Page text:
Peter Haarmann: Treatment, Healing and Faith

In the summer of 2014, I became slightly short of breath during a hike up a granite dome mountain called “The Thumb” at Sequoia National Park. This was highly unusual for me. I have been a high-energy person my entire life, working in the construction industry for 40 years and now on my small hazelnut tree farm.

“How can I be tired?” I asked myself on the hike during a family trip to national parks in Arizona and California. “I am not out of shape.”

I eventually visited my primary care doctor, and blood work revealed that I was anemic. The doctor prescribed an iron supplement. Despite this supplementation, a blood test six months later showed that the anemia persisted. The doctor then ordered gastrointestinal X-rays, the results of which found no evidence of internal bleeding.

The straw that broke the camel’s back came on a day I was unloading the dishwasher. While I was bending over to retrieve the clean dishes, a flow of blood poured out of my nose onto the kitchen floor. To say the least, I knew then that something was not right with my body. Panic set in and I was full of fear.

I told my doctor I wanted to see a hematologist, only to wait three months for an appointment. The hematologist performed a bone marrow biopsy, which found that my bone mass was a 9 on a scale of 1 to 10. This was comforting to me, as the high degree of bone mass proved that I am no couch potato.

The hematologist sent the sample to MD Anderson Cancer Center in Texas, where a molecular DNA analysis was performed. In July 2017, I was diagnosed with Waldenstrom’s macroglobulinemia (WM). When I read about WM following my diagnosis, I learned that nose bleeds, like what I had experienced previously, are common with WM patients.

My hematologist wanted me to start ibrutinib therapy. I obtained my first 30-day supply of the pills, along with a lot of literature about the drug, from a specialized pharmacy. I was told it was a wonder drug that would spare me from chemotherapy.

But after reading about the drug – which cost $13,000 for just 30 pills – I learned that patients must take it for life. This scared me. So I did not take the medication, despite having paid such a hefty price for it.

I searched the internet and realized I should not limit myself to one physician’s opinion. I found the website for the International Waldenstrom’s Macroglobulinemia Foundation (IWMF), which lists a number of physicians who specialize in WM. One of those doctors was located near my home on Long Island. I quickly contacted the doctor’s office but was told I would have to wait two months for an appointment.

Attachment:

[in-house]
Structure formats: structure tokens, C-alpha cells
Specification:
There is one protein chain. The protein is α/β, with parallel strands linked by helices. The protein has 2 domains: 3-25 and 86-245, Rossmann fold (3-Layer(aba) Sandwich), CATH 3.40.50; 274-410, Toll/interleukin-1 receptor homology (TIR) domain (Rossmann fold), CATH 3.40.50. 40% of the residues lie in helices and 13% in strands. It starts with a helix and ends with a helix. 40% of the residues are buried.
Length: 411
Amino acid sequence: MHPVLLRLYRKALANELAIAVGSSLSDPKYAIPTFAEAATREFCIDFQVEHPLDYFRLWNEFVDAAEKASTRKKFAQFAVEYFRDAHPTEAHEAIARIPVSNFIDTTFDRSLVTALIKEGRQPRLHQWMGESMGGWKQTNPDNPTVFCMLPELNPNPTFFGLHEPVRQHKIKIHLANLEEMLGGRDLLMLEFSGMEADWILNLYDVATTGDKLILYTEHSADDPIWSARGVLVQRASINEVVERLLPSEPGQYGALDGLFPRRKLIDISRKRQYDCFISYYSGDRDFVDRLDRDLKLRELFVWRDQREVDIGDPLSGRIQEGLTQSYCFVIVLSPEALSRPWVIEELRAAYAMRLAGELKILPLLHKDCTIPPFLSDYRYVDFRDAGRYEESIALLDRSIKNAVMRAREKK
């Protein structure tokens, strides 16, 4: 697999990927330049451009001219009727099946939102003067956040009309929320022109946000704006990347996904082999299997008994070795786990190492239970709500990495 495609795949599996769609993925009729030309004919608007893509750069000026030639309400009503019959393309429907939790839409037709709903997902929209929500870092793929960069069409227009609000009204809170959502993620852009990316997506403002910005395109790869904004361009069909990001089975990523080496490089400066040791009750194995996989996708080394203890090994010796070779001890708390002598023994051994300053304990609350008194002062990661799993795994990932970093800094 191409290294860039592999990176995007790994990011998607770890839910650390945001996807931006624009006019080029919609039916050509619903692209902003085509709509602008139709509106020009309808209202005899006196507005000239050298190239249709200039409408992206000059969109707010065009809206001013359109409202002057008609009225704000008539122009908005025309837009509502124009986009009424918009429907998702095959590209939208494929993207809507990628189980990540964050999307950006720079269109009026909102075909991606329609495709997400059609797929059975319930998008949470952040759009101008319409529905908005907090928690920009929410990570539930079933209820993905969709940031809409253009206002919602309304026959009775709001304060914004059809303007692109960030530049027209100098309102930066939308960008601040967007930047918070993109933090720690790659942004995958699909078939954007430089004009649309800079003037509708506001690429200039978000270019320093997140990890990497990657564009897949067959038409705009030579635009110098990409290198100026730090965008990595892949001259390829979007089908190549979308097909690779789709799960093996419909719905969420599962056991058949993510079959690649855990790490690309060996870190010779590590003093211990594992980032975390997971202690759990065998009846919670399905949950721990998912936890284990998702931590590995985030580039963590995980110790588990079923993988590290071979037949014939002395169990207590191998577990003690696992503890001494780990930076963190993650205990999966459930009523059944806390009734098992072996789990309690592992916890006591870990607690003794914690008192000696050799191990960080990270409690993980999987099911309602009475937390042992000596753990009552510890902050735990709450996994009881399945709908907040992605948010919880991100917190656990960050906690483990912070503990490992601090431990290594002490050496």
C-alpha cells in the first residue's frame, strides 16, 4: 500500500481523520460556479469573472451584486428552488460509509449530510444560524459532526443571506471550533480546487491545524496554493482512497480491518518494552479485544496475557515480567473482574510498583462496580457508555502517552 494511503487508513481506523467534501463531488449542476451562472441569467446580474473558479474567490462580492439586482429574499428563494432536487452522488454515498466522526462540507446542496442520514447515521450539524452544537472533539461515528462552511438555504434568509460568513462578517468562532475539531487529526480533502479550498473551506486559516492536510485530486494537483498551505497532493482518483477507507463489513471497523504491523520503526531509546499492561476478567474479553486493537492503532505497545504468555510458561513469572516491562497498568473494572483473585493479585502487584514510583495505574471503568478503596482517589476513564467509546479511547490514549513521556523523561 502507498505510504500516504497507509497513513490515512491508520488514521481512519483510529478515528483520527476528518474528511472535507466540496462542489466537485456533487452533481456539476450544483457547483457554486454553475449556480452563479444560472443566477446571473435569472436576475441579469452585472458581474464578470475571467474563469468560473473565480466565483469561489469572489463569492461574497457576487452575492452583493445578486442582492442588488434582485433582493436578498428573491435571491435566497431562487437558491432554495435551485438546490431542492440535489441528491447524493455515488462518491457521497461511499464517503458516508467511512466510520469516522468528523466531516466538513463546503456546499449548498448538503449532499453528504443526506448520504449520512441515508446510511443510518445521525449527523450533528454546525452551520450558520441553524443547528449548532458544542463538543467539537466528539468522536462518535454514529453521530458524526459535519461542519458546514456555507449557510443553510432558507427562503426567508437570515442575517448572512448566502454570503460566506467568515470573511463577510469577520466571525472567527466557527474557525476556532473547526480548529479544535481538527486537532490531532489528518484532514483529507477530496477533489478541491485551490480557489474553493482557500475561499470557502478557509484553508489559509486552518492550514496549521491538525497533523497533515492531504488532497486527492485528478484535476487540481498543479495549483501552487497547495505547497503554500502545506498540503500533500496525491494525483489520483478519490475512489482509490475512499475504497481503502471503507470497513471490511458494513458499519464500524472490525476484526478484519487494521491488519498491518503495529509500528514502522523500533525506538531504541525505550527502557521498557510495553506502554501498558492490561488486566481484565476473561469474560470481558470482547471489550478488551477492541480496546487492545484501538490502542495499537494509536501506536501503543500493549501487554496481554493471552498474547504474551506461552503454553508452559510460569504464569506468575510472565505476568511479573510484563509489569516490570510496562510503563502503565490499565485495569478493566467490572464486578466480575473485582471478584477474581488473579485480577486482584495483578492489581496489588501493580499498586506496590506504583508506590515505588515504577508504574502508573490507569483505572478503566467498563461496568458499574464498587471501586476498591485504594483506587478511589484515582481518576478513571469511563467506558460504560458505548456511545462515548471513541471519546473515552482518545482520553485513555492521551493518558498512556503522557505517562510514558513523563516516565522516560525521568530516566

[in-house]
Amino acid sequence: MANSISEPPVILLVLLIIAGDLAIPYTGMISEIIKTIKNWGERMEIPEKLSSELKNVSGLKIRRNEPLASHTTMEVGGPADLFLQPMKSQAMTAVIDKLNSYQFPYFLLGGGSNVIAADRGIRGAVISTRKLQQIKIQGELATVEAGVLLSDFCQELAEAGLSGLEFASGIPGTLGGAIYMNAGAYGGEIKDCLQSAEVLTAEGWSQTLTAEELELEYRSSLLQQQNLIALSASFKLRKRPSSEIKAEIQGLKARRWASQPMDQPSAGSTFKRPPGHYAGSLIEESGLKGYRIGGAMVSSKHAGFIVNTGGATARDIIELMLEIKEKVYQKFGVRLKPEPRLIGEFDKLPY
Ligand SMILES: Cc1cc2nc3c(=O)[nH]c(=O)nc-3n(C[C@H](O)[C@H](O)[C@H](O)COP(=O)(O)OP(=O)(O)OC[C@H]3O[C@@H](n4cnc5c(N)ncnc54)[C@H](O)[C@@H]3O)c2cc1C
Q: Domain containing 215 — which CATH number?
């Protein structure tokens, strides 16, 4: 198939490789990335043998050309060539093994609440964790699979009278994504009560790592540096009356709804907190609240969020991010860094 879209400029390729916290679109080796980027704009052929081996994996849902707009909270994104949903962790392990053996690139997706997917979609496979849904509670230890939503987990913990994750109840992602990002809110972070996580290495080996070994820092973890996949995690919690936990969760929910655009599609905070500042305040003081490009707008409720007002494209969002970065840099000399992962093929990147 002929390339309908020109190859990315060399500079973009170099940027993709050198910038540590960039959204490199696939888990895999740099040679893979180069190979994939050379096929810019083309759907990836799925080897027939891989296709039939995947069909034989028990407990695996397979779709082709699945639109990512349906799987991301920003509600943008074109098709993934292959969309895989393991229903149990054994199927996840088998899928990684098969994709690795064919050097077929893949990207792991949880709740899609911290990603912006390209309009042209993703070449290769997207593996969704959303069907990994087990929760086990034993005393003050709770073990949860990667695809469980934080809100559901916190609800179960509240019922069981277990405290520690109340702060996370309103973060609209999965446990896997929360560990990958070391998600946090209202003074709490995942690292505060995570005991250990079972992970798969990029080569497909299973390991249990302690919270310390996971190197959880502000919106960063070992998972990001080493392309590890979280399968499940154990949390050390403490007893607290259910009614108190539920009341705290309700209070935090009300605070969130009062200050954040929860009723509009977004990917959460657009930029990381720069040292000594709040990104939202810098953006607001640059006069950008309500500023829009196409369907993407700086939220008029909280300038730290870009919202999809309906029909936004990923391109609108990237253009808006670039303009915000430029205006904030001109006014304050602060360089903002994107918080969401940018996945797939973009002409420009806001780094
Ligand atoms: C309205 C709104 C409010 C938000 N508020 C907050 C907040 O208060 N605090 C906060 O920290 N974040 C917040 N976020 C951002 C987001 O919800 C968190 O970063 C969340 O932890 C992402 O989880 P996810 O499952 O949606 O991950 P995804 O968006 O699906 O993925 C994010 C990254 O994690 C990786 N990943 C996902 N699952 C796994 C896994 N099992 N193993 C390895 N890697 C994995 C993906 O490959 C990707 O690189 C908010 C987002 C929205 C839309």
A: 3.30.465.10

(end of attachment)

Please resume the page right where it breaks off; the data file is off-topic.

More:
Meanwhile, my disease went into overdrive, sapping my energy. I followed up with the hematologist’s office and explained I might not be alive by the time of my appointment. They told me to drop by for a consult. My blood was drawn, and I received an iron infusion during that initial appointment.

I now know that the mutant B cells in my bone marrow were producing an inordinate amount of IgM protein. This causes hyperviscosity of the blood, reducing the delivery of oxygen throughout the body. The mutant cells also release a substance that blocks the ferritin enzymes that permit the body to absorb digestive iron. Without iron, red blood cell production is diminished. In addition, the mutant cells take up or compete for receptor sites in the bone marrow, further decreasing red cell production. In other words, the cancer cells were taking over my body.

I think I should note that my mother’s sister also had WM. My mother had lymphoma, and I had a brother who died from leukemia at age 5. All these family members were exposed to high degrees of chemical carcinogens and radiation. I believe these environmental exposures, coupled with a genetic predisposition, contributed to the cancers.

At the time of my first chemotherapy treatment, my IgM blood level had risen to 4,200 mg/dL. My blood had the consistency of maple syrup. I received six cycles of bendamustine chemotherapy, in combination with a monoclonal antibody called rituximab. I continued periodic rituximab treatments as “maintenance therapy” for two years following chemo.

The summer before my treatments, I could not do much at all. I feared I would have to throw in the towel on my hazelnut tree orchard. I had spent the past 13 years establishing the orchard, but the future seemed to hold no hope. The outlook had become so unpromising that I had an attorney prepare a last will and testament.

But in the months following chemotherapy treatments, I started to feel like my old self again. And today, my IgM count is down to 214 mg/dL, which is in the normal range. I now have much more optimism about the future, and have resumed work on the hazelnut tree farm. And better still, I welcomed a granddaughter into the world on November 5, 2018.

At the time of my diagnosis, I could barely walk up the flight of stairs in my house. Now I can once again prune and plant hazelnut trees, digging holes in the earth with a large auger that is maneuvered by hand. The work is strenuous, but it gives me peace.

When I am alone in the field planting, the only other sound is from the songbirds.

I know in my heart that God is not done with me. Evidently, he has other plans.

Peter Haarmann
Garden City, New York
March 2020